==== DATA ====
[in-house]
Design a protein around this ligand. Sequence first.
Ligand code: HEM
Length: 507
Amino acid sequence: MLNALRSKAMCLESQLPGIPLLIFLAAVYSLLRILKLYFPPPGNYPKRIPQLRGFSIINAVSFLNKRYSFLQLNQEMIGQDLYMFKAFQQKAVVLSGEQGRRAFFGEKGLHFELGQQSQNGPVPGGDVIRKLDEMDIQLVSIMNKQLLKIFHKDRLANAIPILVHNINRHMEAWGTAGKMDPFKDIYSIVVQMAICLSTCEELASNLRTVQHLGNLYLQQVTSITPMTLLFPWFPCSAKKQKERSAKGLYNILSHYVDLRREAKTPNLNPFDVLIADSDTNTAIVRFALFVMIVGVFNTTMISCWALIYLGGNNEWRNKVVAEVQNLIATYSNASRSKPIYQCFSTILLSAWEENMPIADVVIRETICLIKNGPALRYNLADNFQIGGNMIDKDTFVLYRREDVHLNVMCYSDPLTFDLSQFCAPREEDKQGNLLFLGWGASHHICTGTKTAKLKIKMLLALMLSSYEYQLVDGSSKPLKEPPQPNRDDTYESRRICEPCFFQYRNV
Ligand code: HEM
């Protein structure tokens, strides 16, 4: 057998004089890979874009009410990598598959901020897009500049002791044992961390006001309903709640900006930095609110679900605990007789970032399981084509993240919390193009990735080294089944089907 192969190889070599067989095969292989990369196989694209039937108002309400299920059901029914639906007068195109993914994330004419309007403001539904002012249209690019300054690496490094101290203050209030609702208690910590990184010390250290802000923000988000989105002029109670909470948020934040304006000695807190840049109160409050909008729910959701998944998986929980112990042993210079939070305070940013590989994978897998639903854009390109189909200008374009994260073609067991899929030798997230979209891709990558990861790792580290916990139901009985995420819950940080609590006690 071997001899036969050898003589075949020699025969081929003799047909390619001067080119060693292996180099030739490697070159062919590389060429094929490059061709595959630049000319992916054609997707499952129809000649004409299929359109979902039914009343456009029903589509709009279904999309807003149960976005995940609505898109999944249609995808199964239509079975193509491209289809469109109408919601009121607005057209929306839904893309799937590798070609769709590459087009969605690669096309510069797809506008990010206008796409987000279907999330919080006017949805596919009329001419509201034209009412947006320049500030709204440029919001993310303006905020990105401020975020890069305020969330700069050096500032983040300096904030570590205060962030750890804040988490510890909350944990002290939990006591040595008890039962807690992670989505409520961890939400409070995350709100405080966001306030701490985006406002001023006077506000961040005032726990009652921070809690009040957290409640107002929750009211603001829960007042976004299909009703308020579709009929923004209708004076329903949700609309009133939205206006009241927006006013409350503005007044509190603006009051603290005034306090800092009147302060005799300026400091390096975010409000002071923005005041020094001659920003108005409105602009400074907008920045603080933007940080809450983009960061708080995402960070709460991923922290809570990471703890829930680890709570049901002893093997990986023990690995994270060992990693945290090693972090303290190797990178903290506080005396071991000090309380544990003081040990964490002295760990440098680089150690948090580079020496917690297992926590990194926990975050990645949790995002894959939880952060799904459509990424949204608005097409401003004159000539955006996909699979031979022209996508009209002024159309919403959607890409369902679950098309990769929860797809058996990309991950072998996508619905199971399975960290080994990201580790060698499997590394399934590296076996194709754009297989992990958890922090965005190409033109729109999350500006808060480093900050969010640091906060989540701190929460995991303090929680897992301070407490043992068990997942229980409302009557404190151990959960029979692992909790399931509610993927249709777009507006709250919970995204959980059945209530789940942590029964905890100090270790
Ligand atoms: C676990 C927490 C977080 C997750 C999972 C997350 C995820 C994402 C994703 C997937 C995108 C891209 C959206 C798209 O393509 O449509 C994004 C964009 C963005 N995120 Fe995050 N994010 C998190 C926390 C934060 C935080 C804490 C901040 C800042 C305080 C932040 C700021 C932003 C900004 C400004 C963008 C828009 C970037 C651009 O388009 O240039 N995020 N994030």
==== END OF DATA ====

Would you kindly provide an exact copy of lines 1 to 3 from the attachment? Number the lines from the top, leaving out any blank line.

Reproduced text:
[in-house]
Design a protein around this ligand. Sequence first.
Ligand code: HEM